By Jacob Katel
By Karli Evans
By Jose D. Duran
By Pablo Chacon Alvarez
By Kat Bein
By Abel Folgar
By Laurie Charles
What will be DJ Khaled's legacy? A tremendously influential radio programmer whose ability to unite local rap stars helped turn Miami into one of hip-hop's most important cities. But his music and outsize personality are polarizing, and many see him as more of a caricature than a legitimate musical force. With disappointing sales of his latest album, Victory, his career as an artist appears to be winding down. Will he ultimately be remembered as an innovator, or simply a chubby dude with an ill-defined musical role who shouted a lot?
Nobody disagrees about the fact that Khaled is a unique hip-hop presence. In an industry of tough-talking thugs and wannabe trendsetters, he is content to be himself, a relentlessly positive, thoroughly uncool throwback who seems just happy to be here. Something like Reese Witherspoon in Legally Blonde, he's smarter than everyone gives him credit for and, confident he'll triumph in the end, is content to let naysayers poke fun at him.
"It's the entertainment business, so people will make things look like something they're not," Khaled says, speaking from a tour bus passing through North Carolina. Insisting criticism doesn't bother him, he offers his famous catch phrase by way of explanation: "We the best, ya know?"
His unbridled enthusiasm was on display during his now-famous McDonald's radio plug, in which he discussed the McCafé hot cocoa with such reverence one assumed he was kidding. "[When] that whipped cream is on your face and even hits your nose, you don't even get mad!" he howled in the spot recorded last year for WEDR-FM, 99 Jamz. "You don't even wipe it off! Because you immediately go back in for more hot chocolate!" But it was no joke. In fact, add a T-Pain hook, a Birdman verse, and a few "We the best!" shout-outs, and you could probably put the track on one of his albums.
As Khaled's stature as a pitchman has grown, so has his influence. In early 2009, he was named president of Def Jam South, a seemingly ill-defined role that has him overseeing albums from MCs such as Ludacris, Ace Hood, and Young Jeezy. (He says he's hard at work on Rick Ross's Teflon Don.)
But his relevance as an artist is threatened in the wake of his poor-performing fourth CD, Victory. Featuring most of the biggest rap and R&B stars going — including Usher, Lil Wayne, Soulja Boy, Snoop Dogg, Nas, and Drake — it debuted weakly at number 14 on the Billboard 200 upon its early March release, moving only about 28,000 units.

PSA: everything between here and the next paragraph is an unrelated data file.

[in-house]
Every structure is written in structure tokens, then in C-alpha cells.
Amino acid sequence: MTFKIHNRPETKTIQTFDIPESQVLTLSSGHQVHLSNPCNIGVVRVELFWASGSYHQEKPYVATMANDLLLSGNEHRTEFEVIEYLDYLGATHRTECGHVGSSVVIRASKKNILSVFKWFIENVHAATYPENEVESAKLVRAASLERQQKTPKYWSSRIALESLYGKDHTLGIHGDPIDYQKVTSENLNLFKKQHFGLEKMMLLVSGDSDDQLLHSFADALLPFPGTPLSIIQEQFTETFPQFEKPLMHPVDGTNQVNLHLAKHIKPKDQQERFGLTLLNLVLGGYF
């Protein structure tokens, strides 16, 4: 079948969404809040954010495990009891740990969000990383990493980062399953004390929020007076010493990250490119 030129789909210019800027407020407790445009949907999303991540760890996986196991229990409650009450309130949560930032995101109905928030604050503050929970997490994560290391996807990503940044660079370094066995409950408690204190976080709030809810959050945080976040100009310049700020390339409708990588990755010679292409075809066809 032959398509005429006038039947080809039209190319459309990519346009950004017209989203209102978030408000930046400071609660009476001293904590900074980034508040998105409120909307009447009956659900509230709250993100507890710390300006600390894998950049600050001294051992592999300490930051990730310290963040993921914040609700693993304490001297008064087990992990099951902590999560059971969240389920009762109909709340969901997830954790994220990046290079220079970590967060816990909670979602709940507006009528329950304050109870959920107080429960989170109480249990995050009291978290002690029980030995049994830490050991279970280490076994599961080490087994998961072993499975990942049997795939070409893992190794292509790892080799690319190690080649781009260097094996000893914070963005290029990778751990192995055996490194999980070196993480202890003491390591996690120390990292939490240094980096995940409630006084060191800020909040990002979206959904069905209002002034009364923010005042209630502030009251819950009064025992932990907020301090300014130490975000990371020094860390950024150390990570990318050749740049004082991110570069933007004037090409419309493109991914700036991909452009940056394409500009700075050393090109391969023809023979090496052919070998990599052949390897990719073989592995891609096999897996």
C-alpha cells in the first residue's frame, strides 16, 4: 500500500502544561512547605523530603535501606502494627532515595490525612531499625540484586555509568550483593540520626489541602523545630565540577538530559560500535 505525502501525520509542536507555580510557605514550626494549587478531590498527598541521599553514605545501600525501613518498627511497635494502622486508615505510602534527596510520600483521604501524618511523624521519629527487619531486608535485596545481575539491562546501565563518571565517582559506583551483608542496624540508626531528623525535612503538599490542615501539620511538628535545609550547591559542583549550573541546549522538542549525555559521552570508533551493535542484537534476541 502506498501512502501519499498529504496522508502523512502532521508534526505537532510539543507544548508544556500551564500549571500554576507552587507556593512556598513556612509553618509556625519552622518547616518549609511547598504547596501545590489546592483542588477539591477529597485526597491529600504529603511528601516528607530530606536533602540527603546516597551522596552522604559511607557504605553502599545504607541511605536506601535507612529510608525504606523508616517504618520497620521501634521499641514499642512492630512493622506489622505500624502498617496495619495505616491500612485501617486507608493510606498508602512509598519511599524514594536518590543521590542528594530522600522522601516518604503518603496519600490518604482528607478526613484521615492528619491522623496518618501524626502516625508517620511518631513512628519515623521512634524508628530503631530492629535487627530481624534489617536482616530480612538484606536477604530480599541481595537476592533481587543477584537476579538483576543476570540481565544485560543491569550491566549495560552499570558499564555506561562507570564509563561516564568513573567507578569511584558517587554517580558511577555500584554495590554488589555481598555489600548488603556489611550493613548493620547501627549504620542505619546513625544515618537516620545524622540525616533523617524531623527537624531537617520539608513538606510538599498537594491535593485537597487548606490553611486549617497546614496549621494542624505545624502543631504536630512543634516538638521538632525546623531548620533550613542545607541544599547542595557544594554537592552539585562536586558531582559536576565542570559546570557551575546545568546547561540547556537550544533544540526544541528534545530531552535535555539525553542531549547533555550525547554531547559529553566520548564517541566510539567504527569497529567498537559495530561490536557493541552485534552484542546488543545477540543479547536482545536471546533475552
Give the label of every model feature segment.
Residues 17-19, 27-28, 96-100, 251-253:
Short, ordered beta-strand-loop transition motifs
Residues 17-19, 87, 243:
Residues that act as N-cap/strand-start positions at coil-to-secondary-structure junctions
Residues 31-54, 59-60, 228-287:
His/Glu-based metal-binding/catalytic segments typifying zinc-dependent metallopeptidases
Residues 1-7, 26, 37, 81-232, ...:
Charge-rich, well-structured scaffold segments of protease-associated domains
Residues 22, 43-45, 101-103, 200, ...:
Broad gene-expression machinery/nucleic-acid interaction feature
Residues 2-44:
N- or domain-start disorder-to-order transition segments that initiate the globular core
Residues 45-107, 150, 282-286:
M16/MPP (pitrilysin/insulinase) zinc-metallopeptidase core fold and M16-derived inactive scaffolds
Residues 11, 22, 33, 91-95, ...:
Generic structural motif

It has since plunged and will probably be his worst-selling work. (High-water mark We the Best, in comparison, has sold more than 400,000 copies.) As usual, however, Khaled is focusing on the upside. "It's my fourth number one independent album," he notes, which is technically true because it was released on independent imprint E1 Records. "It feels real good to be making incredible, amazing music."
Born to Palestinian parents in New Orleans as Khaled Khaled ("My name means 'leader, warrior, victorious'"), as a young man he worked at a shop there called Odyssey Records. At the store, he made contacts that would benefit him greatly, befriending a 12-year-old Lil Wayne and Cash Money Records cofounder Bryan Williams, who sold his albums there on consignment. Khaled moved to Miami around 1994, chasing a girlfriend. He was so broke he often had to spend the night in his car. "Whenever her dad left, I went to take a shower in her crib," he recalls.
Before long, however, he was working as Luther Campbell's sidekick on a 99 Jamz show and eventually got his own program on weekends and then in the evenings. His debut disc, Listennn... the Album dropped in 2006, not long after Wayne had settled in town, and the pair's careers accelerated in tandem.
By 2007, the year Khaled released We the Best, it was clear Miami had moved from a lesser rap city to one of the South's most important, second probably only to Atlanta. It's not clear if Khaled was responsible for Miami's rise or if it helped buoy his ascendancy. But there was little doubt that he served as the region's center of gravity, a one-man networking machine who propelled artists to giant solo success.
Khaled's DJ platform encourages his symbiotic relationship with rappers, because his show can help put their albums over the top. (His Def Jam position makes artists even more eager to curry favor.) No one seems bothered that he doesn't actually rap, sing, or do much serious production. Though he credits himself as Victory's executive producer (along with "Allah"), his A-list team of beatmakers, led by Orlando's the Runners, are responsible for his big singles.
So, what exactly is his input, then? "I give them concepts," Khaled explains. "I get with, like, T-Pain in the studio, and give him a concept. He'll put some words to it, and then I'm like, 'I'm with that,' or 'Change this.'" In the case of Khaled's current single, "All I Do Is Win," he says he suggested the "winning" theme and then T-Pain came up with the hook.